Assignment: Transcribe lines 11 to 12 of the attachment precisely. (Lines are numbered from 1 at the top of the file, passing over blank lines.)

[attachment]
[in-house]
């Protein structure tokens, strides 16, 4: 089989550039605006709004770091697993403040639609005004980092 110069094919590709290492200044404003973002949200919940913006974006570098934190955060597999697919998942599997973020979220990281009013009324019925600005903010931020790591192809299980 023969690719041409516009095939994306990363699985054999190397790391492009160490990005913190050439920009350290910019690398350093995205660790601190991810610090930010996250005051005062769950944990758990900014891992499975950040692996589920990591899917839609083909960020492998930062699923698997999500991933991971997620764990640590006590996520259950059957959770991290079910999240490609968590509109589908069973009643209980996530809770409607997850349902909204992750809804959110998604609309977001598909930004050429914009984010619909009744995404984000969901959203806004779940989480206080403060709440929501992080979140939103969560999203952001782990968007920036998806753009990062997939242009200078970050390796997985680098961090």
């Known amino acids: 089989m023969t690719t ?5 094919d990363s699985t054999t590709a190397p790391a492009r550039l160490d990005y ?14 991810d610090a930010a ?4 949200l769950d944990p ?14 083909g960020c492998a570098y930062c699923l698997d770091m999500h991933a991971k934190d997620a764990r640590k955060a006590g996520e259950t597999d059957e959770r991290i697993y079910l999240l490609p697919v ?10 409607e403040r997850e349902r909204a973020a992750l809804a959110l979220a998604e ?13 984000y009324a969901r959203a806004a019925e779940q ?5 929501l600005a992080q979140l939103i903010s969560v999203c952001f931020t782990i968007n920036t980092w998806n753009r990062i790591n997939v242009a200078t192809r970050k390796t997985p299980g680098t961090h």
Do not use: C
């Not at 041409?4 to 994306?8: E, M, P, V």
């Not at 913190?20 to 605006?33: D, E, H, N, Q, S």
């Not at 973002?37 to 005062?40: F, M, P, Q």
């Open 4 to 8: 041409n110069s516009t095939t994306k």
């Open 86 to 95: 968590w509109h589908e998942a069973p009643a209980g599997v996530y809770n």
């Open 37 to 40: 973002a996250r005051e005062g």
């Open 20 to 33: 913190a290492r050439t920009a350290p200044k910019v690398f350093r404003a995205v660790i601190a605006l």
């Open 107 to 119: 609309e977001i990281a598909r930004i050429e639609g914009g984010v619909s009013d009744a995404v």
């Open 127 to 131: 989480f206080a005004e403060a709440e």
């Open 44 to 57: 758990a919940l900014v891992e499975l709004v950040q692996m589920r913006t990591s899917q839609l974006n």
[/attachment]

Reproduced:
């Open 20 to 33: 913190a290492r050439t920009a350290p200044k910019v690398f350093r404003a995205v660790i601190a605006l």
């Open 107 to 119: 609309e977001i990281a598909r930004i050429e639609g914009g984010v619909s009013d009744a995404v």